- Bombay to Bloomsbury: A Biography of the Strachey Family by Barbara Caine
Oxford, 488 pp, £25.00, February 2005, ISBN 0 19 925034 0
For nearly three generations, from the high-water mark of the Victorian age to the eve of the Second World War, the Stracheys were prominent in English life. Noted for their intellect and their boisterousness in argument, and characterised, in most cases, by long limbs and large spectacles, they struck Leonard Woolf as ‘much the most remarkable family I have ever known’. His wife, on the other hand, who knew several Stracheys well, thought them ‘a prosaic race, lacking magnanimity, shorn of atmosphere’.
The direct line has died out now. The family’s tremendous flowering left its legacy in books and institutions rather than in living heirs. Barbara Caine is considering a completed episode, a story that ended in the last century. It is possible to see in it something of what both the Woolfs meant, but from this distance perhaps the most striking of the Strachey family characteristics is their sheer, unshakeable confidence.
For the older generation this resided in Britain’s ‘imperial project’. Jane Strachey’s life, as she told a luncheon at the Lyceum Club in 1910, had, like her husband’s, been spent ‘in the arduous and noble service of rescuing the natives of India from intolerable oppression & in building up such an example of government by foreign conquerors as the world has never before seen’. Richard Strachey had not only played his part in running the Raj. It was he who, at the International Conference held in Washington in 1884, was largely responsible for the decision – which so infuriated the French – that the prime meridian should run through Greenwich.
These Stracheys were much occupied in making the rules and drawing the lines on which the Empire ran. Theirs was a generation that ‘never cheated, never doubted’ and for whom, if they lived so long, nothing was the same after 1919. Then, as the certainties of empire faded, they were replaced, in the Strachey family at least, by other certainties: female education, psychoanalysis, biography.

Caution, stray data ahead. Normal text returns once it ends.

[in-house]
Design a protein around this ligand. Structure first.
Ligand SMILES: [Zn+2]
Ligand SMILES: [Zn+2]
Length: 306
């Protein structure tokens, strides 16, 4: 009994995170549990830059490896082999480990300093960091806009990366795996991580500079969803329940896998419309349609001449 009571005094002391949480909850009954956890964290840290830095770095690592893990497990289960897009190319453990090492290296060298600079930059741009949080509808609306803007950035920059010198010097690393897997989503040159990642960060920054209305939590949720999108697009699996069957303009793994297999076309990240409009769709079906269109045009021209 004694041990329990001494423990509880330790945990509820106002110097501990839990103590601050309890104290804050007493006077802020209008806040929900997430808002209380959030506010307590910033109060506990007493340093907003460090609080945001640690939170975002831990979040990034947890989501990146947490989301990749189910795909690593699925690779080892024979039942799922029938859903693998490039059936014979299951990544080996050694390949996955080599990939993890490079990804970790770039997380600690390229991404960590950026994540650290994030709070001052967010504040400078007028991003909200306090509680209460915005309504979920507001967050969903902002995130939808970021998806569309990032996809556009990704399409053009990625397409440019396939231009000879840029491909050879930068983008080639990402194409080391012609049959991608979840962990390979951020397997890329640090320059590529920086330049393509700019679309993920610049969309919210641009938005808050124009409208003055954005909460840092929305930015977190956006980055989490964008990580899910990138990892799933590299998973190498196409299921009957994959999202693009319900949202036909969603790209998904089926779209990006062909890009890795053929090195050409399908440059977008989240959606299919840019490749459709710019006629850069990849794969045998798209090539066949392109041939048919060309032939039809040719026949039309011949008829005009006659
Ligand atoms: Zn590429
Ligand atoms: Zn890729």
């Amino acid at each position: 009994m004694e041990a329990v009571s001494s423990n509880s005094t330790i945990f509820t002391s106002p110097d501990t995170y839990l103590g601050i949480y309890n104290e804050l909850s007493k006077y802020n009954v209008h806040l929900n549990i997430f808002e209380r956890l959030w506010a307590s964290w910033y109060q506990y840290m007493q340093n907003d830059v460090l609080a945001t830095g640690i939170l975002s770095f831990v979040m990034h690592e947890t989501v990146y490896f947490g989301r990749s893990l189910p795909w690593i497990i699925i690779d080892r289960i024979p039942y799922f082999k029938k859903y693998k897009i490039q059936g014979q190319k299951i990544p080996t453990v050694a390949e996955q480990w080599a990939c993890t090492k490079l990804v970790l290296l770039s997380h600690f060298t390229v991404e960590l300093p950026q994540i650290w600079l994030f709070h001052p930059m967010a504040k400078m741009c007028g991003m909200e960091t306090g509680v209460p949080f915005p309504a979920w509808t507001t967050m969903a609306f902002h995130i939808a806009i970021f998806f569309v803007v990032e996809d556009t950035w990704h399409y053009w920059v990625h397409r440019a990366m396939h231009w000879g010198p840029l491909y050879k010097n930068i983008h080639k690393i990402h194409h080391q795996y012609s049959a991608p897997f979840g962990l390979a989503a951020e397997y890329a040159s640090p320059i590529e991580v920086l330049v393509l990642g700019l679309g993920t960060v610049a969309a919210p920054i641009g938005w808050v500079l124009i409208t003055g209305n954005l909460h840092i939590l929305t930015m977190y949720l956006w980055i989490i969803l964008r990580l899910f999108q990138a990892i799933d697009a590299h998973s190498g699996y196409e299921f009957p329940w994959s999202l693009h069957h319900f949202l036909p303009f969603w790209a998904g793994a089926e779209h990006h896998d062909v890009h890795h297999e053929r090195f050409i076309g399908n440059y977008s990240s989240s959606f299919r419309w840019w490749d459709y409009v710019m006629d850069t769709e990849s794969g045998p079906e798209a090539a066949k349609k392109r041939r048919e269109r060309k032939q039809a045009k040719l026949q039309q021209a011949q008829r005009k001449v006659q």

Jane and Richard’s daughter Pernel became principal of Newnham. One brother, James, translated Freud, coining in the process many of the psychoanalytic terms still in popular use. Another, Lytton, now the best-known of them all, penetrated the ‘foggy distances’ of the 19th century with Eminent Victorians, bringing a satirical intelligence to bear on what already seemed a ‘peculiar age’, ‘at once very near and very far off’. As the orthodoxies of the children replaced those of their parents, Victoria herself underwent a symptomatic transformation. The ‘good queen and empress’ was clearly, Lytton thought, ‘a martyr to anal eroticism’.
Without the frames of reference Lytton and James Strachey laid down, Caine’s own study, as she reflects, would be a different enterprise. The existence of the unconscious and the legitimacy of the biographical form, if not so absolutely fixed as the Greenwich meridian, are at least as firmly established in the modern mind. The very concept of ‘modernity’ as a new kind of psychological sensibility is one that the younger Stracheys helped to propagate.
Their story begins, for Caine’s purposes, in Calcutta in 1859, with the marriage of Richard Strachey and Jane Grant. Jane was the daughter of the lieutenant governor of the Central Provinces. Her husband, a widower twenty years her senior, was her father’s assistant, the latest generation of a Somerset gentry family which had served in India since Henry Strachey went out as secretary to Robert Clive. Jane was clever, as patchily educated as most women of her class and generation, but determined to learn and with ‘a vein in her’, as Lytton later recalled, ‘of oddity and caprice’.
Richard, anti-social, a hypochondriac and old enough to be her father, began by gently patronising his wife: ‘Leave off assuming … Train your mind to distinguish a fact from an hypothesis.’ As Jane absorbed the advice and applied it, working her way through Hume and Mill, mastering the principal scientific ideas of the day and becoming fluent in French and Italian, her husband modified his attitude. The intellectual balance shifted rapidly until he was sending her his government dispatches in draft and soliciting her opinion on the railway estimates ‘as early as possible’.
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